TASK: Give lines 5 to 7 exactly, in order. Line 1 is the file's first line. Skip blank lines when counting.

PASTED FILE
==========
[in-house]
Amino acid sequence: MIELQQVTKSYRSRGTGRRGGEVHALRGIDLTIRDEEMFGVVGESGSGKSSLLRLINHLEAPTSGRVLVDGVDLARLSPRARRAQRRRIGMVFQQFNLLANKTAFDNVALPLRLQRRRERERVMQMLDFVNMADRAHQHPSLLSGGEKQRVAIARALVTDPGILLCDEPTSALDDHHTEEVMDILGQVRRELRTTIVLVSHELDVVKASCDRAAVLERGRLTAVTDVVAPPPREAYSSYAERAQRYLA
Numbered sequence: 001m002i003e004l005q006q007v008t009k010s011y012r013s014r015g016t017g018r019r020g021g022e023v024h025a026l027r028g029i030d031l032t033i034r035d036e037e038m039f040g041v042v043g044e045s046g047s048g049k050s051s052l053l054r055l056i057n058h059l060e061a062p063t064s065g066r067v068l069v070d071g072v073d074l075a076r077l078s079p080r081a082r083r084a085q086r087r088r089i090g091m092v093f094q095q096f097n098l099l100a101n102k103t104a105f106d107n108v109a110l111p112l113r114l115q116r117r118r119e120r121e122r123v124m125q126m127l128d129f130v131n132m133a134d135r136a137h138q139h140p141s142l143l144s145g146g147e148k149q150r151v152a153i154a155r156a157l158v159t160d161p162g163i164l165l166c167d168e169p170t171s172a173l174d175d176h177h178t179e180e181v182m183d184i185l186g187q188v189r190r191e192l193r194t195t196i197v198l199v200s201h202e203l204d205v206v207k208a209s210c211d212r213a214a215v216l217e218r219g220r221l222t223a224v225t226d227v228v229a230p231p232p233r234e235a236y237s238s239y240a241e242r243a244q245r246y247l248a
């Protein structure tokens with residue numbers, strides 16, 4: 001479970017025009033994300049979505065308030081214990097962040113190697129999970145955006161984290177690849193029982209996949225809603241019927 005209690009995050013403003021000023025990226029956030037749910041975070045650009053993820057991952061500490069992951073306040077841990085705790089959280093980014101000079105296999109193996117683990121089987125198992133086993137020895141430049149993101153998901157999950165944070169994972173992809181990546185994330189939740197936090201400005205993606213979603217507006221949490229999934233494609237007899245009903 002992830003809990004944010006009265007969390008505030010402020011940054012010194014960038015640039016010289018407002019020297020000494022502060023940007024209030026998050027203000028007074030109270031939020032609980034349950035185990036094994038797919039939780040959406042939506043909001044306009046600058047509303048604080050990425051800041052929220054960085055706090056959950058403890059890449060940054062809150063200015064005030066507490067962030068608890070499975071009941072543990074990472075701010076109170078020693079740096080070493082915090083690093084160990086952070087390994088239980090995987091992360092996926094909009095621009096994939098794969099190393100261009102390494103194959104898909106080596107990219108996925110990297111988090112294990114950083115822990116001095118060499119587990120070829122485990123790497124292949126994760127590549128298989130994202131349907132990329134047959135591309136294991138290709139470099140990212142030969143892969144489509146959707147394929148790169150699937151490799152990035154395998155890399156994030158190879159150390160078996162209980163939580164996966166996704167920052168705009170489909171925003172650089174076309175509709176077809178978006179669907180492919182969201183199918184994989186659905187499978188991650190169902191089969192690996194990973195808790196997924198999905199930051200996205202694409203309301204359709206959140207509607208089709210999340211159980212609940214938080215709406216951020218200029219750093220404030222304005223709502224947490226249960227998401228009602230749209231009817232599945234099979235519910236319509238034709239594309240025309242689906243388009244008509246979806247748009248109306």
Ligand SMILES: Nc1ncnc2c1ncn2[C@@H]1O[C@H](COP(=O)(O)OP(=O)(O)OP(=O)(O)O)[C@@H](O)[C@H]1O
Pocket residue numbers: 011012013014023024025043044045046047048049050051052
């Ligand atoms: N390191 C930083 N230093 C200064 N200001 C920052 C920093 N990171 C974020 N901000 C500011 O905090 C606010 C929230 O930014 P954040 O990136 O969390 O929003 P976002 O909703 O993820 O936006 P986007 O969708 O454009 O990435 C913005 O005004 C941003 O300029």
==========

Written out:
Ligand SMILES: Nc1ncnc2c1ncn2[C@@H]1O[C@H](COP(=O)(O)OP(=O)(O)OP(=O)(O)O)[C@@H](O)[C@H]1O
Pocket residue numbers: 011012013014023024025043044045046047048049050051052
């Ligand atoms: N390191 C930083 N230093 C200064 N200001 C920052 C920093 N990171 C974020 N901000 C500011 O905090 C606010 C929230 O930014 P954040 O990136 O969390 O929003 P976002 O909703 O993820 O936006 P986007 O969708 O454009 O990435 C913005 O005004 C941003 O300029």